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Dogs can smell when you’re stressed and feeling down: study

A dog knows when their human is feeling “ruff.”

Turns out there’s a scientific reason that your dog appears for a cuddle at just the right moment.

It’s known that animals can usually communicate with others within their species through odors  and chemical signals emitted through the body, but researchers at Queen’s University Belfast were curious if pups could detect their owner’s state of mind through more than just visual cues.

Scientists got four dogs named Treo, Fingal, Soot and Winnie to help them with their first-of-its-kind study, by sniffing samples of bodily fluids from stressed and relaxed people.

dog smells stress
Queen's University Belfast

The furry friends were trained on how to search a scent-line up and alert researchers which sample was the right one. Sweat and breath samples were taken from 36 people before and after they completed a difficult math problem, taken about four minutes apart. Blood pressure and heart rate were also measured before and after the math problem, while participants self-reported their levels of stress.

The dogs — who were all different breeds and mixes — were exposed to the stressed and relaxed samples of the participants, and asked to identify the participant’s stressed sample, while the same person’s relaxed sample was included in the line-up.

Up to this point, scientists were unsure if there was an odor associated with stress.

But the researcher’s test proved their thoughts to be true. The dogs were quickly able to correctly inform the researchers which sample was the stressed sample 93.75% of the time.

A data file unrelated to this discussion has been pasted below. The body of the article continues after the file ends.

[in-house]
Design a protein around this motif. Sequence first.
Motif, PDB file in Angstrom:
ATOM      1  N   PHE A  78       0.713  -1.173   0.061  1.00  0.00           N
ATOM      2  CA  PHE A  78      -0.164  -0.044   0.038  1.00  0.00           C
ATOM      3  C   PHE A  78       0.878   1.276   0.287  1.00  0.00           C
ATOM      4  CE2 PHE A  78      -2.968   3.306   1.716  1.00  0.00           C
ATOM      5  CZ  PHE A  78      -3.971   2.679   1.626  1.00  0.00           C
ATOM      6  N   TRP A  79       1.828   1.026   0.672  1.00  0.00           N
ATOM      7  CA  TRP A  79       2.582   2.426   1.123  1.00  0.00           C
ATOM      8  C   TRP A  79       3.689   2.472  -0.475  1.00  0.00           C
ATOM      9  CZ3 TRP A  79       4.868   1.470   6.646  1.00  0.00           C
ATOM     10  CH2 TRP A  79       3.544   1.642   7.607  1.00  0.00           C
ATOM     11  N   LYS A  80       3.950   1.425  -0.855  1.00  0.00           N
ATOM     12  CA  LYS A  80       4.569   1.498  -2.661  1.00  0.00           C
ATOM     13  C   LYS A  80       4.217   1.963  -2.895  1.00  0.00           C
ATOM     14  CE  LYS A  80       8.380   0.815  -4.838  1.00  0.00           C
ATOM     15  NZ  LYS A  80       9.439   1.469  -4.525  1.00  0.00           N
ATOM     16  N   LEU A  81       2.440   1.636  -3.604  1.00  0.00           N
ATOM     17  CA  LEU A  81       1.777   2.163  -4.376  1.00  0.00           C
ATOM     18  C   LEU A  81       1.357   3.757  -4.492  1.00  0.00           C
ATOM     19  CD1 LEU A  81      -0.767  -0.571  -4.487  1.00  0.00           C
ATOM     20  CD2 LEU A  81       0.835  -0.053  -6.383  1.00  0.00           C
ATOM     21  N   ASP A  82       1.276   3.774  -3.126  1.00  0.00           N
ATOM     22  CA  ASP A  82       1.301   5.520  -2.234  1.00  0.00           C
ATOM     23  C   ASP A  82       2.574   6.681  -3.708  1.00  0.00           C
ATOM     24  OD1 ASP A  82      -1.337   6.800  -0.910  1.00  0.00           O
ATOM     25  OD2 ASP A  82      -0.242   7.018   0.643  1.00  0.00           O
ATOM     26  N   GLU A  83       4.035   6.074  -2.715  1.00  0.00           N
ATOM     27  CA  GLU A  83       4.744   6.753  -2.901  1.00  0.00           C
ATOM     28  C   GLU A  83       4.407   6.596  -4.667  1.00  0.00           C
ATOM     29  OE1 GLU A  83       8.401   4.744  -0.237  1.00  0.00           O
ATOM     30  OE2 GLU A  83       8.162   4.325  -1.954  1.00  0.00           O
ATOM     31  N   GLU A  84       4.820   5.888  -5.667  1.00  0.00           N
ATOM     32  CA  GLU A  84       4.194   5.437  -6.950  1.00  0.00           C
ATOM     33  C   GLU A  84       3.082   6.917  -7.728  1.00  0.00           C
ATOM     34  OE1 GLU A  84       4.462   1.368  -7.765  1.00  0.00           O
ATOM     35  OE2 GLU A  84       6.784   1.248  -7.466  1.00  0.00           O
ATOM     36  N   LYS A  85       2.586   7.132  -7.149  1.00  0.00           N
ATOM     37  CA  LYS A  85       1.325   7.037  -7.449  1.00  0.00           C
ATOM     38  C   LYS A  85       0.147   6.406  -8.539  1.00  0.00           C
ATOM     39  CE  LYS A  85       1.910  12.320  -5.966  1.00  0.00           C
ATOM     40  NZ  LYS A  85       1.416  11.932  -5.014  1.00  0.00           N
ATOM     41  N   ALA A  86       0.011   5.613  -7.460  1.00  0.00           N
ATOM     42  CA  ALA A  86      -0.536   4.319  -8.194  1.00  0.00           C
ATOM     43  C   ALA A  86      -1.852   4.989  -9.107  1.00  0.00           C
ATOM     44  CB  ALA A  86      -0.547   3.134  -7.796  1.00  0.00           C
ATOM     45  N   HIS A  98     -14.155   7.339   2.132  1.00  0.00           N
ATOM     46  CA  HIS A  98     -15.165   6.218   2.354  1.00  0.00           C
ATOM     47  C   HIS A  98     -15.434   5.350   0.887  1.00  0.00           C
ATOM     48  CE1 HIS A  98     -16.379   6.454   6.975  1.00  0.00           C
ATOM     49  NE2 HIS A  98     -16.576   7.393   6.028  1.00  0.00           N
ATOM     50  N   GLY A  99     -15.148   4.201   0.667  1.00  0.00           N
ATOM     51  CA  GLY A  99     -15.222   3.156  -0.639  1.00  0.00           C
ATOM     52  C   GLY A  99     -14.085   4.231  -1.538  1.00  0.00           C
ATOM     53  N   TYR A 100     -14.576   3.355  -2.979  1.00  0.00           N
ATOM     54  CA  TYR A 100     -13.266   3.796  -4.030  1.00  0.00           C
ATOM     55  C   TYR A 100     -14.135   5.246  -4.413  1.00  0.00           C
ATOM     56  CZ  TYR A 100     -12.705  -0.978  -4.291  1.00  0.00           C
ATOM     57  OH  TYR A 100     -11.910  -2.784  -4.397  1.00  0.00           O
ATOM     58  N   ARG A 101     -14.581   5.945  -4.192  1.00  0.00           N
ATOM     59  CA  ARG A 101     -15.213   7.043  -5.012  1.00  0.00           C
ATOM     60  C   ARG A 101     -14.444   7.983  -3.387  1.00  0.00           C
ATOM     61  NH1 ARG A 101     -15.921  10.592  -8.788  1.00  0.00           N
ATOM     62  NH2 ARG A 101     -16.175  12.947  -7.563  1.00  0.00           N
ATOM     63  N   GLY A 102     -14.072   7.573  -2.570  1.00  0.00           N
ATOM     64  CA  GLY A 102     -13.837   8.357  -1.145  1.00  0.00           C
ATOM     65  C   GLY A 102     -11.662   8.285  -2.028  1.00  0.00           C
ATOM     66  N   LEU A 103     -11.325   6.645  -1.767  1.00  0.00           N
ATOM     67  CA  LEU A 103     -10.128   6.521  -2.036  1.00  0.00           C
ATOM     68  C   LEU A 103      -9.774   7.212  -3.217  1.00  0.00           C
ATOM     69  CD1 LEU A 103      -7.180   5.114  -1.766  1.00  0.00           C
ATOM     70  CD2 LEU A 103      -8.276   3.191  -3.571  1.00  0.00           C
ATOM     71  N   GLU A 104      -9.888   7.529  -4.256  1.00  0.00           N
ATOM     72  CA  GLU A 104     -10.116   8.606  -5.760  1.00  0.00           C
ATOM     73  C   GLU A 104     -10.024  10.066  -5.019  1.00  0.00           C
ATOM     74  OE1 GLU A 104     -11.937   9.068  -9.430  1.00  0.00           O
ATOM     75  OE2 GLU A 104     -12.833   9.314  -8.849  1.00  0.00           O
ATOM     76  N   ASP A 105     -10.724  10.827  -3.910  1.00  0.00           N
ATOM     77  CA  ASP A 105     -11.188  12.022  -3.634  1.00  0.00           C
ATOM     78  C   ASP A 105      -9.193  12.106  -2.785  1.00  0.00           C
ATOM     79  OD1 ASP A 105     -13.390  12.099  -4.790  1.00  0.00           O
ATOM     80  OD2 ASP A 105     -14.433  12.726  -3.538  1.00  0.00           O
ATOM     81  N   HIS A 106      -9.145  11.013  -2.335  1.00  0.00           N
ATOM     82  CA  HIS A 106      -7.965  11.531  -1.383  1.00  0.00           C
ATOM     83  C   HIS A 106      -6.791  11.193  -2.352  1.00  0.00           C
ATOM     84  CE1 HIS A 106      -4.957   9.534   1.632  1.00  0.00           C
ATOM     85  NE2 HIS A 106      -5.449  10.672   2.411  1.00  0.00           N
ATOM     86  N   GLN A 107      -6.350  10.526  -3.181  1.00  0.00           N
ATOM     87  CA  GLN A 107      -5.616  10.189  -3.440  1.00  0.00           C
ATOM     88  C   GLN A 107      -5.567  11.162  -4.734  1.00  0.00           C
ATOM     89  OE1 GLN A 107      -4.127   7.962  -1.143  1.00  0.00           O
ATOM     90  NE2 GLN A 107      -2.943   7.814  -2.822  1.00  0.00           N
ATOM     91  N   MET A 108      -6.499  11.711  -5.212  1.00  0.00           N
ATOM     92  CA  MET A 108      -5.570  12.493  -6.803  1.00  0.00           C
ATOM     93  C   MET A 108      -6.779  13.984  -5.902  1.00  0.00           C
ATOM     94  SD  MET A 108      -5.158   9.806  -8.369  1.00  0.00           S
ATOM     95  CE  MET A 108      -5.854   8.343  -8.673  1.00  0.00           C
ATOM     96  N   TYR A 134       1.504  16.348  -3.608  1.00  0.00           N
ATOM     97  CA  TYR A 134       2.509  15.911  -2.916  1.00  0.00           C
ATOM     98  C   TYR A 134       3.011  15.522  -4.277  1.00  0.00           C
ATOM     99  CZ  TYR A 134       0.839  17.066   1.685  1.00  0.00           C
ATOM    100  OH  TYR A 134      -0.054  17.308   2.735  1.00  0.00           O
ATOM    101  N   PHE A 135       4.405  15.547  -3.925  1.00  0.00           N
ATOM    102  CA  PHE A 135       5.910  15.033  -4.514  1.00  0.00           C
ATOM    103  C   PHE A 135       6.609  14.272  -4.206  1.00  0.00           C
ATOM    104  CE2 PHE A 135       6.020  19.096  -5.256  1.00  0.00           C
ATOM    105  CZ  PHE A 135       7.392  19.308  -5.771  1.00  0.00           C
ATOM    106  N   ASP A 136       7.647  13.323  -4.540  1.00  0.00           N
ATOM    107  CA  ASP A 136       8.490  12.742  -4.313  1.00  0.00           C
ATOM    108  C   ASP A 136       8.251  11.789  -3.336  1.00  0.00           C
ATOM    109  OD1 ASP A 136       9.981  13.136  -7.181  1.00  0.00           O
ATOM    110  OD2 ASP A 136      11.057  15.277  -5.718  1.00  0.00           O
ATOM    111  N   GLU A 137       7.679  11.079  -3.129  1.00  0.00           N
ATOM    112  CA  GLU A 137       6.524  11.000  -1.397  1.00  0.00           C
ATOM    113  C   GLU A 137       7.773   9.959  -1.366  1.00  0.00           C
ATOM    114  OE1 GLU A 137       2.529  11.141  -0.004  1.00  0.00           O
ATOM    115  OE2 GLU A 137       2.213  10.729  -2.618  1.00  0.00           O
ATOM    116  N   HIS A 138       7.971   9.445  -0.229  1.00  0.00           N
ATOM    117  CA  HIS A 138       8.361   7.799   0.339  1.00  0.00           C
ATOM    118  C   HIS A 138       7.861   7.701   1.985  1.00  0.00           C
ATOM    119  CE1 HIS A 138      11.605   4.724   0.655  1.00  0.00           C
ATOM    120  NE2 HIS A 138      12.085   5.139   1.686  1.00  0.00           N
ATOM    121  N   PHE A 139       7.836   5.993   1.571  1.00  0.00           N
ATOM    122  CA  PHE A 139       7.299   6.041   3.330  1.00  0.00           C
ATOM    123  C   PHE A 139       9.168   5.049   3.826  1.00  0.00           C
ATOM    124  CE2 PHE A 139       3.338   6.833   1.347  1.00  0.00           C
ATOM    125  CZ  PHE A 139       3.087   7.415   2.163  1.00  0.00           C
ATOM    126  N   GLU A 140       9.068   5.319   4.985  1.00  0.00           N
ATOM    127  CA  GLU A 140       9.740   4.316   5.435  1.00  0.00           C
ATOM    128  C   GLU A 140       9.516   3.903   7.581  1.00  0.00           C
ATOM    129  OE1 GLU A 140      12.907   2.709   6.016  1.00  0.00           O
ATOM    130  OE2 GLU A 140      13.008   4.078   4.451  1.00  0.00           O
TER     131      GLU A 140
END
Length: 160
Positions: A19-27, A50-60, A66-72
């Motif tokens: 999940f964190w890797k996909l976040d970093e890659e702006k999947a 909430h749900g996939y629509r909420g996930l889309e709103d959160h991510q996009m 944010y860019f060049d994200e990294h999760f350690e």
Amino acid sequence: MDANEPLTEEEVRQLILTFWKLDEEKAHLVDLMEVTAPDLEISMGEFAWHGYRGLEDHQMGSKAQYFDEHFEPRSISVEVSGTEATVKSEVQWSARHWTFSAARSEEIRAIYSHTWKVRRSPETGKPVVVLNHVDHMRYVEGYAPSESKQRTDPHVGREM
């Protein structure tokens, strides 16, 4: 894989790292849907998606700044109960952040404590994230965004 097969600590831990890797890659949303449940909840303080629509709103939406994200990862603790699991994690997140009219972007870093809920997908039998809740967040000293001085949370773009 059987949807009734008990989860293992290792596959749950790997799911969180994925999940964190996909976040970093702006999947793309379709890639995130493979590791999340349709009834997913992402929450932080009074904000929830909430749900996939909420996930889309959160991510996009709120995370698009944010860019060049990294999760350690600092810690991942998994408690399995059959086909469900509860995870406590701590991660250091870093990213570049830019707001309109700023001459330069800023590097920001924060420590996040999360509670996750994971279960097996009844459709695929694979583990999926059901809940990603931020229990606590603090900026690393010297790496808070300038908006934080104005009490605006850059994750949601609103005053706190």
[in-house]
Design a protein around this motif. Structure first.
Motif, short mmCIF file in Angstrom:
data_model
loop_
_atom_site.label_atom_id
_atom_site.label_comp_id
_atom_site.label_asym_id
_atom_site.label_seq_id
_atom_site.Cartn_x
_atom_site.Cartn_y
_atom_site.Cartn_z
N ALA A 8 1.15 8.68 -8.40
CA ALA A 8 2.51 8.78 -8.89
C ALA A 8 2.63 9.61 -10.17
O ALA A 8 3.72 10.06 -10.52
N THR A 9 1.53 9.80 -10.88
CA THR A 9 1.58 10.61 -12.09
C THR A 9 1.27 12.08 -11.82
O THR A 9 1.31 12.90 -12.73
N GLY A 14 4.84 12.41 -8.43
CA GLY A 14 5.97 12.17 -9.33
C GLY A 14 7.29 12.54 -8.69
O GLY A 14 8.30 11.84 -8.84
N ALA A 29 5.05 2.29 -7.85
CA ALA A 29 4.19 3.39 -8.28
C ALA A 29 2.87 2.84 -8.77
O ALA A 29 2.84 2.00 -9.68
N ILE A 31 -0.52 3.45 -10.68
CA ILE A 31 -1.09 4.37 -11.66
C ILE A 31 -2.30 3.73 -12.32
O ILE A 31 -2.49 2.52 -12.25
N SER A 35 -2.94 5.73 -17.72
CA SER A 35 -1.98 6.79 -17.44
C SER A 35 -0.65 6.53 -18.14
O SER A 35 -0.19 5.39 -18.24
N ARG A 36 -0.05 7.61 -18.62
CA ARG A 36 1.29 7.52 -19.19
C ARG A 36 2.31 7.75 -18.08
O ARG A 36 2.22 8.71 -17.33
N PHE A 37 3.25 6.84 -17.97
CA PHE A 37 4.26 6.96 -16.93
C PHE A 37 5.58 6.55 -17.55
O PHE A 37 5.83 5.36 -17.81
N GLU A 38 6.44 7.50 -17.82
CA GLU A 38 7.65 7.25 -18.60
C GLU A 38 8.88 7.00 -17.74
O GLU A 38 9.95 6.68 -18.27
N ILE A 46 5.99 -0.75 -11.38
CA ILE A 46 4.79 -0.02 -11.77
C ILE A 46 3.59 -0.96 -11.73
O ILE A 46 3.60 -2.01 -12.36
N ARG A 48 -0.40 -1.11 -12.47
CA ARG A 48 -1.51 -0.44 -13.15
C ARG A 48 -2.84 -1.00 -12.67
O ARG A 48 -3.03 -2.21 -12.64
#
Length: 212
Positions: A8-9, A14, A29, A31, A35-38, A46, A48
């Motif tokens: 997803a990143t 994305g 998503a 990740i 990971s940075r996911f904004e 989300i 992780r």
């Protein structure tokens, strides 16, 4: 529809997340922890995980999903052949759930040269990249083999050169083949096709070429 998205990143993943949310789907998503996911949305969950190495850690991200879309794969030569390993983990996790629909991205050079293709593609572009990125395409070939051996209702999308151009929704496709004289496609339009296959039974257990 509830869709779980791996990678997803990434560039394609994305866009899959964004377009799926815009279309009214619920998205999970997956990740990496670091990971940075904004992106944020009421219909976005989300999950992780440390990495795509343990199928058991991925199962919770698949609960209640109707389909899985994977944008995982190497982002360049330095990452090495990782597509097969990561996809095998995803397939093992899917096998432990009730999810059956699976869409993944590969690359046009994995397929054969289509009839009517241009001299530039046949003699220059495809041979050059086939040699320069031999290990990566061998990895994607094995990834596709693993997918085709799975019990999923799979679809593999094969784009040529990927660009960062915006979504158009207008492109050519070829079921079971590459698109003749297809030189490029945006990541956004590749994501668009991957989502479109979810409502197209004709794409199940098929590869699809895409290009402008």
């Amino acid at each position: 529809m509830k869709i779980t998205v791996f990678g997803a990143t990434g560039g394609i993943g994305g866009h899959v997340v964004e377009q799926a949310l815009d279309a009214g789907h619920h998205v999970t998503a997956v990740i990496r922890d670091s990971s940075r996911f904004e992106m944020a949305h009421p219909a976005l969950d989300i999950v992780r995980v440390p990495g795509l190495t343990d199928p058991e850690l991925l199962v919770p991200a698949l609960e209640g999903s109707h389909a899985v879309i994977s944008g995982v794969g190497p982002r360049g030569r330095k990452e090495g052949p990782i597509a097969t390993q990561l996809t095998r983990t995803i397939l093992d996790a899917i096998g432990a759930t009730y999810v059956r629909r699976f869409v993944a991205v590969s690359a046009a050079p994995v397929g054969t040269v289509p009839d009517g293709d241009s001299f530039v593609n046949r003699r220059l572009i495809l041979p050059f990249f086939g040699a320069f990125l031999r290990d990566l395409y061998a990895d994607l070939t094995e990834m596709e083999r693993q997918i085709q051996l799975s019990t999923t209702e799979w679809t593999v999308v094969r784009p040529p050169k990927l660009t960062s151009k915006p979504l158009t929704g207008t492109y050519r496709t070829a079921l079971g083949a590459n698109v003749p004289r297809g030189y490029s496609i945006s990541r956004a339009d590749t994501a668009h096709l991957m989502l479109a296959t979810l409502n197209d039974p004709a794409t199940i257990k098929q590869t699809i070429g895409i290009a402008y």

dog smells stress
Queen's University Belfast

Scientists concluded that the dogs could detect the odor change that is made when humans are stressed, which is thought to be because psychological stress triggers a physiological response that alters the odor of human breath and sweat.

“The findings show that we, as humans, produce different smells through our sweat and breath when we are stressed and dogs can tell this apart from our smell when relaxed – even if it is someone they do not know,” PhD student Clara Wilson said.

“The research highlights that dogs do not need visual or audio cues to pick up on human stress.”

dog smells stress
Queen's University Belfast

The findings can be used to help train service and therapy dogs, especially those that specialize in anxiety and post-traumatic stress, and make them aware when their owner might need a good cuddle.

Wilson said the study “helps to shed more light on the human-dog relationship and adds to our understanding of how dogs may interpret and interact with human psychological states.”

dogs smell stress
Queen's University Belfast

Treo’s owners were “delighted” that their two-year-old cocker spaniel got to participate in the study, especially because the good boy “thrives on sniffing.”

“We believe this study really developed Treo’s ability to sense a change in emotion at home,” Treo’s owner Helen Parks said. “The study reinforced for us that dogs are highly sensitive and intuitive animals and there is immense value in using what they do best – sniffing.”